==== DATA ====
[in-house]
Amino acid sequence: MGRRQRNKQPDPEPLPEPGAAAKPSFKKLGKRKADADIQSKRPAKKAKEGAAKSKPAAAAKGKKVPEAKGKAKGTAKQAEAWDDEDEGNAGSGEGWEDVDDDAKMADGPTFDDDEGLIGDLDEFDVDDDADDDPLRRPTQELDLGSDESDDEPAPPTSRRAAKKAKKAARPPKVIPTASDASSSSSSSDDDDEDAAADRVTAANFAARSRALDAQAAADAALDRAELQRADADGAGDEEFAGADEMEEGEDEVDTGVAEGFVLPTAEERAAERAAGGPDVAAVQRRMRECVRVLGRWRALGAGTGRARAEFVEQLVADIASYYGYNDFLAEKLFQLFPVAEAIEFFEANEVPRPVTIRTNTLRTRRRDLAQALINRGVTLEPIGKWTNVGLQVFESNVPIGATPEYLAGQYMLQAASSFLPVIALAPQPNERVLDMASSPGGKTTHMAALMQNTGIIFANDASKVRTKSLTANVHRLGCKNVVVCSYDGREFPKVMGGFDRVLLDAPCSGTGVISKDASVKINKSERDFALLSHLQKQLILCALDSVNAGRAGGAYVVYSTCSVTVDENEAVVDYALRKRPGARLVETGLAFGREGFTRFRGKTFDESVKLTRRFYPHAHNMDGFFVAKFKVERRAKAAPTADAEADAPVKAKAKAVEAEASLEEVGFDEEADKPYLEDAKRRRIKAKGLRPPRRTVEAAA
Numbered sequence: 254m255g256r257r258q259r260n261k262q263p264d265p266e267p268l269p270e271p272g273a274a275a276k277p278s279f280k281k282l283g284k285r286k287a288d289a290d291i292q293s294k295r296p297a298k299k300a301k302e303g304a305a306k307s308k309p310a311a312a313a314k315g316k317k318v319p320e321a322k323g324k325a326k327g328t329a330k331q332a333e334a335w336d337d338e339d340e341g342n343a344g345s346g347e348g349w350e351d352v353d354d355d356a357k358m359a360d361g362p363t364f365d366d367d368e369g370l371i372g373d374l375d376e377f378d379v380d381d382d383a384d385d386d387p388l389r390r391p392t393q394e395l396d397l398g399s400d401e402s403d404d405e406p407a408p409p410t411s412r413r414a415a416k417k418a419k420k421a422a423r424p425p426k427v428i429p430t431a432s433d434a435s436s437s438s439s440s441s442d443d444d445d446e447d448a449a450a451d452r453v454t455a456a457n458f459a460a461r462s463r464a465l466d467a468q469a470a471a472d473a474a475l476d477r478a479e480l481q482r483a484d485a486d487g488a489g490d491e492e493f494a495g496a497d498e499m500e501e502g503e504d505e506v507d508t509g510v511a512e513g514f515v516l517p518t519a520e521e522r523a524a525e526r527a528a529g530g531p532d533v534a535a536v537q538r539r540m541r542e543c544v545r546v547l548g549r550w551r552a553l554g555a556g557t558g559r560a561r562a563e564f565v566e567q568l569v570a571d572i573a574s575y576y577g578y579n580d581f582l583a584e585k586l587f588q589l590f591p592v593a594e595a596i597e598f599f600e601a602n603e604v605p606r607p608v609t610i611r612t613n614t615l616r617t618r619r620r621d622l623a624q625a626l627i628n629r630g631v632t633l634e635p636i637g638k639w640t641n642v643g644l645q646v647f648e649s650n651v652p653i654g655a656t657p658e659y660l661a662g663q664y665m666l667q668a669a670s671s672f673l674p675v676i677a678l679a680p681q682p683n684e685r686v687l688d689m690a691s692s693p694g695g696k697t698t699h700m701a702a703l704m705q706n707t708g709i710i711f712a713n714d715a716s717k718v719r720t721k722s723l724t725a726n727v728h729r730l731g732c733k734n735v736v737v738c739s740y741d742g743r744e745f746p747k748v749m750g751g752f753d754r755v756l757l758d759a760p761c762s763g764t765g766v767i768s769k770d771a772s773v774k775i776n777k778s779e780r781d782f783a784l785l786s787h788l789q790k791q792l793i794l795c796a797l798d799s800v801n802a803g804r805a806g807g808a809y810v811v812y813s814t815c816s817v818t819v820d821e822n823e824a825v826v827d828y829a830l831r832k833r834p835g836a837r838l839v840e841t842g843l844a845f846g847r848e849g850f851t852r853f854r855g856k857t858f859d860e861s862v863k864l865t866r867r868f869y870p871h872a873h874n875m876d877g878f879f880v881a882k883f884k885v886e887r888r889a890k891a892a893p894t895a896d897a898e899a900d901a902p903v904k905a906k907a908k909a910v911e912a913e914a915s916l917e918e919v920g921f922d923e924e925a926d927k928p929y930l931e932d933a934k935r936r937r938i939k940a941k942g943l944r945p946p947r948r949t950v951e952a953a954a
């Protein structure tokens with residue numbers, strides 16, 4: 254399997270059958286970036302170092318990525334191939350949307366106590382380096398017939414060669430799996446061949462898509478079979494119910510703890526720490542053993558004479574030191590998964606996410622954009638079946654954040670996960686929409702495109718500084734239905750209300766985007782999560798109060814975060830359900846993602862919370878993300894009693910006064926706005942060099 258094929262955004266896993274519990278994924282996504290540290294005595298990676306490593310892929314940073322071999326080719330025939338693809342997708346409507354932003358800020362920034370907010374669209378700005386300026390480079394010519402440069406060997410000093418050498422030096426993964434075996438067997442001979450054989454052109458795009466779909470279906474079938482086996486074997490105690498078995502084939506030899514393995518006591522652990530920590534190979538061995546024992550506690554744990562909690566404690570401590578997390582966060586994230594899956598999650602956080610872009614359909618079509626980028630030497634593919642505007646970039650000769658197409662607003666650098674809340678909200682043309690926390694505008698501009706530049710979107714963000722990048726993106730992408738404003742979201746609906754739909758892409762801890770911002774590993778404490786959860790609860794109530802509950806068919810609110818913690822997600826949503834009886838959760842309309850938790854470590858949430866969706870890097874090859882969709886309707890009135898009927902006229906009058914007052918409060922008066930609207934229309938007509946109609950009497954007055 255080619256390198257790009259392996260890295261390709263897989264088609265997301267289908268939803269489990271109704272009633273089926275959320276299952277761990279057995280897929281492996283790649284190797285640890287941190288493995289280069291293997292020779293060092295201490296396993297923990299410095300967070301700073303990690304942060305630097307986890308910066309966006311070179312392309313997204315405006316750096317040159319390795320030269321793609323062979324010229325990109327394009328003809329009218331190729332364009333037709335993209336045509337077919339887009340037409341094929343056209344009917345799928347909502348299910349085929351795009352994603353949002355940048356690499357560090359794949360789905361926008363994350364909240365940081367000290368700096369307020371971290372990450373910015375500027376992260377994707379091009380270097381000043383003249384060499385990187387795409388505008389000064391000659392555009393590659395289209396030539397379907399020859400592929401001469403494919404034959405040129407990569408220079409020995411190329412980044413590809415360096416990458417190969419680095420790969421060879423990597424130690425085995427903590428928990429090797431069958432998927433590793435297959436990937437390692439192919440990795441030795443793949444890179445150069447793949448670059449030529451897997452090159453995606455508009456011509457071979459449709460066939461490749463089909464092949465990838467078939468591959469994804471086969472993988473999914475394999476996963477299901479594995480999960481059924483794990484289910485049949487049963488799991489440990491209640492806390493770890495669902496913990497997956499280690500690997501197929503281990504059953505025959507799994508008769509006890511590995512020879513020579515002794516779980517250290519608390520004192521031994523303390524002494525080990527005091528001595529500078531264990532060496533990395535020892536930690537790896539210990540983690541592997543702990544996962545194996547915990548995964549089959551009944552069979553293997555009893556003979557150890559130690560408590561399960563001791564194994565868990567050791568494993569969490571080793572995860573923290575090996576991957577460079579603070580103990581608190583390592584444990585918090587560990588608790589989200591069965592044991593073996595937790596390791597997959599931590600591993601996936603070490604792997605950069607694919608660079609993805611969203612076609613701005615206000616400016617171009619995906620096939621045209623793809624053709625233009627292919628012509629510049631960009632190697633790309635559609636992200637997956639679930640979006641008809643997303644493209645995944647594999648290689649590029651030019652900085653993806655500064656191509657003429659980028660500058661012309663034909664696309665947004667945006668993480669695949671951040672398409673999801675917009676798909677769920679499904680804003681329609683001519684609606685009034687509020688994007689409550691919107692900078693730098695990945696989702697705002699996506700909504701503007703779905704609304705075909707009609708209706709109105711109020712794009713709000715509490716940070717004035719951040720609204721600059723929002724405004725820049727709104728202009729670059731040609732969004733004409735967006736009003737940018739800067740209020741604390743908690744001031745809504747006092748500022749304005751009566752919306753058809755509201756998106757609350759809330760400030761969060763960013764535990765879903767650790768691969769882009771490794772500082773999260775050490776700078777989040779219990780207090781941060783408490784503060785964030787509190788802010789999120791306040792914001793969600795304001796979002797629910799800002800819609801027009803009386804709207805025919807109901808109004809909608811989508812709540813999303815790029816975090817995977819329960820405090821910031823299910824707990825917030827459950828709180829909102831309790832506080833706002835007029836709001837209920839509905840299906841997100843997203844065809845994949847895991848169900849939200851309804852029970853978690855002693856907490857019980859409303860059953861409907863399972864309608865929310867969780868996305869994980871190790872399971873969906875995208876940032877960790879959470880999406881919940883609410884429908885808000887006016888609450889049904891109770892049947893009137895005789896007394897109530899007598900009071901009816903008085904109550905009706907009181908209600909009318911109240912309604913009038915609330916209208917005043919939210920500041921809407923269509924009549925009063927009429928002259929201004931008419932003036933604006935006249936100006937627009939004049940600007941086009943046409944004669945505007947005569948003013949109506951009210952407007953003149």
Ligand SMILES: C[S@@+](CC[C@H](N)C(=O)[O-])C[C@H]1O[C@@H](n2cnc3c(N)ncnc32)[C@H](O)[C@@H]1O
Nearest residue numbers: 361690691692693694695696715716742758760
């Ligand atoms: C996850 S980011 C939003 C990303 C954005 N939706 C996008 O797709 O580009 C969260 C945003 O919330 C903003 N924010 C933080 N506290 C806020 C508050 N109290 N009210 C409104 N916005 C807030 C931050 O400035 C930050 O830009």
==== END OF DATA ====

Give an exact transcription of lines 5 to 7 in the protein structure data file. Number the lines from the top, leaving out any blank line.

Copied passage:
Ligand SMILES: C[S@@+](CC[C@H](N)C(=O)[O-])C[C@H]1O[C@@H](n2cnc3c(N)ncnc32)[C@H](O)[C@@H]1O
Nearest residue numbers: 361690691692693694695696715716742758760
């Ligand atoms: C996850 S980011 C939003 C990303 C954005 N939706 C996008 O797709 O580009 C969260 C945003 O919330 C903003 N924010 C933080 N506290 C806020 C508050 N109290 N009210 C409104 N916005 C807030 C931050 O400035 C930050 O830009």